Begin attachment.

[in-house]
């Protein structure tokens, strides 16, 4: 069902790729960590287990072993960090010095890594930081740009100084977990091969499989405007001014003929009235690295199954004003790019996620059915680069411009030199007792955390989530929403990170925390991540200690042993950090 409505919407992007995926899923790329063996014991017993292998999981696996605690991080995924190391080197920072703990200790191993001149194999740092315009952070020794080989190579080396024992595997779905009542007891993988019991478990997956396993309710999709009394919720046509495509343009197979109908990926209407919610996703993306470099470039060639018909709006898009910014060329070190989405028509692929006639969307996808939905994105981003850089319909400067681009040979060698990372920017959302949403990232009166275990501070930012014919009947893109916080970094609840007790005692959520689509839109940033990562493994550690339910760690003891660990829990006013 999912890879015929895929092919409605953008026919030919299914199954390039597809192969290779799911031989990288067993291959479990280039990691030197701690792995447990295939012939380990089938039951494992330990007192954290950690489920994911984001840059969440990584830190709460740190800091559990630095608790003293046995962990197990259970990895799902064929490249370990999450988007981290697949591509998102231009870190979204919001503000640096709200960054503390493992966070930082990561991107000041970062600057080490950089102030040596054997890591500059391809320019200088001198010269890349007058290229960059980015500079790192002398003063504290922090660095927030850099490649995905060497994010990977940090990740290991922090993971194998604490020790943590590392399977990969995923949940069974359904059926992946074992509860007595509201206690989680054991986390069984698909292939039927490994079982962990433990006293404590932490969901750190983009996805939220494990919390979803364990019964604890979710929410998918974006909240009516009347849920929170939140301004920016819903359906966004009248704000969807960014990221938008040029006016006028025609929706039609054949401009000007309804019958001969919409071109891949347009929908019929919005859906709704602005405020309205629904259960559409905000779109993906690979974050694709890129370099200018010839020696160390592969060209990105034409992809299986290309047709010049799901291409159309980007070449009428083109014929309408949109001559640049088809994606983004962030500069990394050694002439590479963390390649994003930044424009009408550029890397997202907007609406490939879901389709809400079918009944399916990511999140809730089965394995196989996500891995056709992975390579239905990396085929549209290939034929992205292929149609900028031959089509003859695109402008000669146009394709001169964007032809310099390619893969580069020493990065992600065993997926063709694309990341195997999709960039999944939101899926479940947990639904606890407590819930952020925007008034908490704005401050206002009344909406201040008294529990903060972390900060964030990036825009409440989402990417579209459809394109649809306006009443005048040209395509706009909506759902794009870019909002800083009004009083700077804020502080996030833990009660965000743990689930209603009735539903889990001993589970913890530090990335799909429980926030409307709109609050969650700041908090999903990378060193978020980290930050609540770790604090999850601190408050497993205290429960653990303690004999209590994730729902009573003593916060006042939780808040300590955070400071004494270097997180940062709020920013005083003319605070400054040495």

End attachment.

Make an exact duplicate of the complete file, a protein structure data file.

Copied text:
[in-house]
């Protein structure tokens, strides 16, 4: 069902790729960590287990072993960090010095890594930081740009100084977990091969499989405007001014003929009235690295199954004003790019996620059915680069411009030199007792955390989530929403990170925390991540200690042993950090 409505919407992007995926899923790329063996014991017993292998999981696996605690991080995924190391080197920072703990200790191993001149194999740092315009952070020794080989190579080396024992595997779905009542007891993988019991478990997956396993309710999709009394919720046509495509343009197979109908990926209407919610996703993306470099470039060639018909709006898009910014060329070190989405028509692929006639969307996808939905994105981003850089319909400067681009040979060698990372920017959302949403990232009166275990501070930012014919009947893109916080970094609840007790005692959520689509839109940033990562493994550690339910760690003891660990829990006013 999912890879015929895929092919409605953008026919030919299914199954390039597809192969290779799911031989990288067993291959479990280039990691030197701690792995447990295939012939380990089938039951494992330990007192954290950690489920994911984001840059969440990584830190709460740190800091559990630095608790003293046995962990197990259970990895799902064929490249370990999450988007981290697949591509998102231009870190979204919001503000640096709200960054503390493992966070930082990561991107000041970062600057080490950089102030040596054997890591500059391809320019200088001198010269890349007058290229960059980015500079790192002398003063504290922090660095927030850099490649995905060497994010990977940090990740290991922090993971194998604490020790943590590392399977990969995923949940069974359904059926992946074992509860007595509201206690989680054991986390069984698909292939039927490994079982962990433990006293404590932490969901750190983009996805939220494990919390979803364990019964604890979710929410998918974006909240009516009347849920929170939140301004920016819903359906966004009248704000969807960014990221938008040029006016006028025609929706039609054949401009000007309804019958001969919409071109891949347009929908019929919005859906709704602005405020309205629904259960559409905000779109993906690979974050694709890129370099200018010839020696160390592969060209990105034409992809299986290309047709010049799901291409159309980007070449009428083109014929309408949109001559640049088809994606983004962030500069990394050694002439590479963390390649994003930044424009009408550029890397997202907007609406490939879901389709809400079918009944399916990511999140809730089965394995196989996500891995056709992975390579239905990396085929549209290939034929992205292929149609900028031959089509003859695109402008000669146009394709001169964007032809310099390619893969580069020493990065992600065993997926063709694309990341195997999709960039999944939101899926479940947990639904606890407590819930952020925007008034908490704005401050206002009344909406201040008294529990903060972390900060964030990036825009409440989402990417579209459809394109649809306006009443005048040209395509706009909506759902794009870019909002800083009004009083700077804020502080996030833990009660965000743990689930209603009735539903889990001993589970913890530090990335799909429980926030409307709109609050969650700041908090999903990378060193978020980290930050609540770790604090999850601190408050497993205290429960653990303690004999209590994730729902009573003593916060006042939780808040300590955070400071004494270097997180940062709020920013005083003319605070400054040495």